Game on, fear off

We all have to face a dragon of one kind or another in our lives. To me, dragon is just another word for fear, and I've found that eliminating fear is the fundamental key in any healing experience. Fear tries to draw us away from our spiritual freedom and dominion, given to us by God. In Science and Health, Mary Baker Eddy talked about eliminating fear, an illusion at its core, by advising, "Let neither fear nor doubt overshadow your clear sense and calm trust, that the recognition of life harmonious—as Life eternally is—can destroy any painful sense of, or belief in, that which Life is not" (p. 495).

I'm a high school football coach at a school for Christian Scientists. And last fall, our team had a great challenge in facing fear. The year before, we'd played a team (whose mascot is coincidently the Dragons!) that was two size classifications higher than us, had more than double our team numbers, and outweighed us by over 100 pounds per player on the line of scrimmage. They'd easily beaten us before by over three touchdowns, and we all were looking for ways not to have to play them again. But we'd signed a two-year contract and had to meet our obligation.

The week before the game, our team prepared well physically and mentally to face this tough opponent. Our mental preparation always includes prayer and metaphysical discussions before each game. This preparation is not to ensure a win on the scoreboard but instead to establish that "the objects we pursue and the spirit we manifest reveal our standpoint, and show what we are winning" (Science and Health, p. 239).

For this game, what we wanted to "win" was a victory over fear. We specifically addressed fear in our pre-game team meeting and agreed that we could play our best game of football if we established a God-given "clear sense and calm trust." And we talked about how to establish a clear sense by concentrating on our objective of expressing qualities of God. We discussed examples of love for the game, brotherly love for each other, and love for the opportunity to play our opponent. A calm trust was in fact established through this input and support among the team; we talked about God's law of protection and how "perfect love casteth out fear" (I John 4:18).

In practices, we'd constantly talked about how to play aggressively without any antagonism toward our opponent. We defined "aggressive" as playing wholeheartedly and with our full effort. A specific example of how we continue to play wholeheartedly without any antagonism is hitting our opponent with perfect form and full effort, and then going out of our way to offer a hand to help the player up after the play is over. This example quickly sets a great tone for our game, encourages respect for our opponent, and dissipates fear and animosity on both sides.

So on the day of this particular game, our team arrived at the other school very well focused. When the opposing team displayed their great size and numbers by marching by our bus, our players displayed clear sense and calm trust by not staring out the windows or being impressed by the show of physical power. When I observed this focused thought, I knew our team was ready to play our best football ever, fearlessly, and with complete freedom.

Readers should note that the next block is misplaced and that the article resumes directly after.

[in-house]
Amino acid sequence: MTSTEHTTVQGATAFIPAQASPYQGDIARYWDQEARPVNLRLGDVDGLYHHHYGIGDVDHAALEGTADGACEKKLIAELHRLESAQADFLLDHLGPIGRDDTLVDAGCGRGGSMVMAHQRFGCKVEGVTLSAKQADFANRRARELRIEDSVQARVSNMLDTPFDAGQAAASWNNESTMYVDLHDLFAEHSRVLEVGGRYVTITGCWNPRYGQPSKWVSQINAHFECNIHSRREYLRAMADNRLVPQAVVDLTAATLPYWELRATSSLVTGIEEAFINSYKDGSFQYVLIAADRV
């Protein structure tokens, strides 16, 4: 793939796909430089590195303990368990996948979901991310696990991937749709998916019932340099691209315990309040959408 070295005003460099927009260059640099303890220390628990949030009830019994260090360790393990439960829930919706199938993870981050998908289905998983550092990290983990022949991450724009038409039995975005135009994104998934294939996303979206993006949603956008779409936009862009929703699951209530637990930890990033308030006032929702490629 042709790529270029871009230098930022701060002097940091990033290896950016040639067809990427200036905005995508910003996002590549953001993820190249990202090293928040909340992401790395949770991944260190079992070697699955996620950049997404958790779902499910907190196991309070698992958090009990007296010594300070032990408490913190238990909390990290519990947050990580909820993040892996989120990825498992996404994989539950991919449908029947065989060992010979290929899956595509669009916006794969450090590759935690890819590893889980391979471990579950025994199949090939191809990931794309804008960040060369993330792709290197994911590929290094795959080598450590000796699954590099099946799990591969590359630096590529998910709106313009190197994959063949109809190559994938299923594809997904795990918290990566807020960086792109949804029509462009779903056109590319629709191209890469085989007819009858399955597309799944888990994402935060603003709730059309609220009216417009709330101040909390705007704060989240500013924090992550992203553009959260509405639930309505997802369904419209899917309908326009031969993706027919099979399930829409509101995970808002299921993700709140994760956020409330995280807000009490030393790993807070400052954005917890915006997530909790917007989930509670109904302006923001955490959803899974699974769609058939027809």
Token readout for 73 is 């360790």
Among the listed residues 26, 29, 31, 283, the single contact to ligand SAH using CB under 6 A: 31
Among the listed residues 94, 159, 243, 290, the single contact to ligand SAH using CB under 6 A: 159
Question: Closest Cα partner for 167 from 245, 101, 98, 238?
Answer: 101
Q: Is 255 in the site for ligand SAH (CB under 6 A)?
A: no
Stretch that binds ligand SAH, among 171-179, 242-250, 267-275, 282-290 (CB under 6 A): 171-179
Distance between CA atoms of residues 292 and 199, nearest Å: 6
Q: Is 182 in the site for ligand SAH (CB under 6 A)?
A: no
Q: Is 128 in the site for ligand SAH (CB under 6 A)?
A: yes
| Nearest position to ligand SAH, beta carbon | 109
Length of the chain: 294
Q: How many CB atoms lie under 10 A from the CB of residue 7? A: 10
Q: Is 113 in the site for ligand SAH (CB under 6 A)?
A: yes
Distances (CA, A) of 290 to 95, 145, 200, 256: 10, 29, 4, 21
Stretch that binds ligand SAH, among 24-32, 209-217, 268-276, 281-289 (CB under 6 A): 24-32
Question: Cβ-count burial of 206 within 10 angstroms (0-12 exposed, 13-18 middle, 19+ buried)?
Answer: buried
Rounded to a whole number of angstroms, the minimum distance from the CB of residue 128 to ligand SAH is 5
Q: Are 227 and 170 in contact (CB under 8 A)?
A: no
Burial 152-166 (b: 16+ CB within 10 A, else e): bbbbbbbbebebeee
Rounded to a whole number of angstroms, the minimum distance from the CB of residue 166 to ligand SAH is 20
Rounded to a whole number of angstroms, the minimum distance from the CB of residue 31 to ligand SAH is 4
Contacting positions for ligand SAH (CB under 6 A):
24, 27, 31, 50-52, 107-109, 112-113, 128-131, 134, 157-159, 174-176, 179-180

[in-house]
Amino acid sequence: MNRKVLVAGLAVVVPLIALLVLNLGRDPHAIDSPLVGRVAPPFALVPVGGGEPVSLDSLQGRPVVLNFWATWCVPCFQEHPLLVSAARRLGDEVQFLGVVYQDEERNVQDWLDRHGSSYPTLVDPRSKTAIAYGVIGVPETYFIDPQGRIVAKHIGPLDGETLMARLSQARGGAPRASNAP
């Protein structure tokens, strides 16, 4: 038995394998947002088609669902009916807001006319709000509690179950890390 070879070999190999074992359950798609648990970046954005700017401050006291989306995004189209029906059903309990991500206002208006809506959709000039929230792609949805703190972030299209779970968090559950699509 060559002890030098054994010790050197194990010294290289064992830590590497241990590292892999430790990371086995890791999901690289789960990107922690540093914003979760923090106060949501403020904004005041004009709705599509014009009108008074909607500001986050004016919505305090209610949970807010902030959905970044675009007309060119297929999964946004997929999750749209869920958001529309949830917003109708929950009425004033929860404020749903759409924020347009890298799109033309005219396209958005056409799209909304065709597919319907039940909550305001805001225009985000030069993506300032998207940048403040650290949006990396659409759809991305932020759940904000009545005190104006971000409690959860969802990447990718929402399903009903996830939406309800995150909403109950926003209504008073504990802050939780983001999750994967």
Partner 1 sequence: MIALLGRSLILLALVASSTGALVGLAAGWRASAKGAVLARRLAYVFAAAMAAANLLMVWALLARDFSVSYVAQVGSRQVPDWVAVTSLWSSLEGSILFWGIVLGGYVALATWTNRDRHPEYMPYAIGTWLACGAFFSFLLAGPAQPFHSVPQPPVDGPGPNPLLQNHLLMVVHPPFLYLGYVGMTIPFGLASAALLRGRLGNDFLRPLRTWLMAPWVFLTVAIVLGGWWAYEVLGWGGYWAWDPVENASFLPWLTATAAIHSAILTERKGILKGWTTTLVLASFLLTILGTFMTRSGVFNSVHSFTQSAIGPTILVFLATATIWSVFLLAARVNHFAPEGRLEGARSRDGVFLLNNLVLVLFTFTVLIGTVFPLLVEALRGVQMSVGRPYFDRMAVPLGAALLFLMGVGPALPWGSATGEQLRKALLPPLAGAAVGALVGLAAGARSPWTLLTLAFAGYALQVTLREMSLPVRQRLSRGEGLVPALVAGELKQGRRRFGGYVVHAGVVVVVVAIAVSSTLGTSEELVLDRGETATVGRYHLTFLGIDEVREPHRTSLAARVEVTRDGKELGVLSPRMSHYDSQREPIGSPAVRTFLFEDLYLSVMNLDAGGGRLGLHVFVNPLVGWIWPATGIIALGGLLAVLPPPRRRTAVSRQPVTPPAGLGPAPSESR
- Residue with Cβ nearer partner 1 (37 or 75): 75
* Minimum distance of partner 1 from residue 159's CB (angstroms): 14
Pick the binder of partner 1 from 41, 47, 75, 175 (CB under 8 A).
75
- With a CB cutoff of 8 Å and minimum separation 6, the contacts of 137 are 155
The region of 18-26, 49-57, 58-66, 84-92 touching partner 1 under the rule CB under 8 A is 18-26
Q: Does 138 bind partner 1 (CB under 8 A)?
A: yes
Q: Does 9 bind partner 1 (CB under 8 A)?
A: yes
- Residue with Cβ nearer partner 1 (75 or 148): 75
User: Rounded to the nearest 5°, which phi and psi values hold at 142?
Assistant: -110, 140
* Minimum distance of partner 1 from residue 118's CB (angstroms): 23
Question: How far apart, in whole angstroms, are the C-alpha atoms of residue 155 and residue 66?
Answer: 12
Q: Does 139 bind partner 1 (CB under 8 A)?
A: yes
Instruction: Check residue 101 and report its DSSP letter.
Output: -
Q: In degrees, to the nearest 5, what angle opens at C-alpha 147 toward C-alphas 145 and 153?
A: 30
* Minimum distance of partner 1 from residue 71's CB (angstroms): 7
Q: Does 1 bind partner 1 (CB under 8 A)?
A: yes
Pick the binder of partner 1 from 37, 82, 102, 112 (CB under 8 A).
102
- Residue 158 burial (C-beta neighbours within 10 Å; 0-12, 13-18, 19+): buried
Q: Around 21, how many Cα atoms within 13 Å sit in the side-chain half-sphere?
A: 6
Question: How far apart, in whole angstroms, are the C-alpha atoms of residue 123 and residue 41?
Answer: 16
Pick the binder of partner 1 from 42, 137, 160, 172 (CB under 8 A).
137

During that game, our players expressed great joy and dominion that came as a result of their mental preparation. Instead of being impressed with the other players' sizes, I saw how each player was focused on winning each moment to the best of his ability. Instead of allowing animosity to creep into their game, our players established a respectful atmosphere by offering a hand to help the other guys up. Prior to the game, each member of our team had agreed to express unique qualities of thought; they were clearly unified as a team, backed by powerful principles of sportsmanship. This unity of high-minded thinking not only made us more effective in executing football plays together, it gave great assurance to each player.

Through our clear focus and concentration on expressing our prayers in action, we had an almost perfect game! In fact, we scored over 50 points and won by more than a 30-point margin. But what we really won was increased understanding and confidence in how to handle fear through a focused thought, free from distraction.

Our expression of spiritual qualities on the field won us great respect from the opposing players and coaches. And we even received a letter of commendation for the great character that the players expressed during the game—from a fan who'd rooted for the opposing team.

We can effectively slay the dragon of fear with a perfect sense of love, calm trust, and clear sense of reflecting God's goodness. When we stand up to the dragon with the power of Truth, the dragon is defeated. There is no greater victory than destroying something that tries to limit our God-given potential. CSS

August 9, 2010

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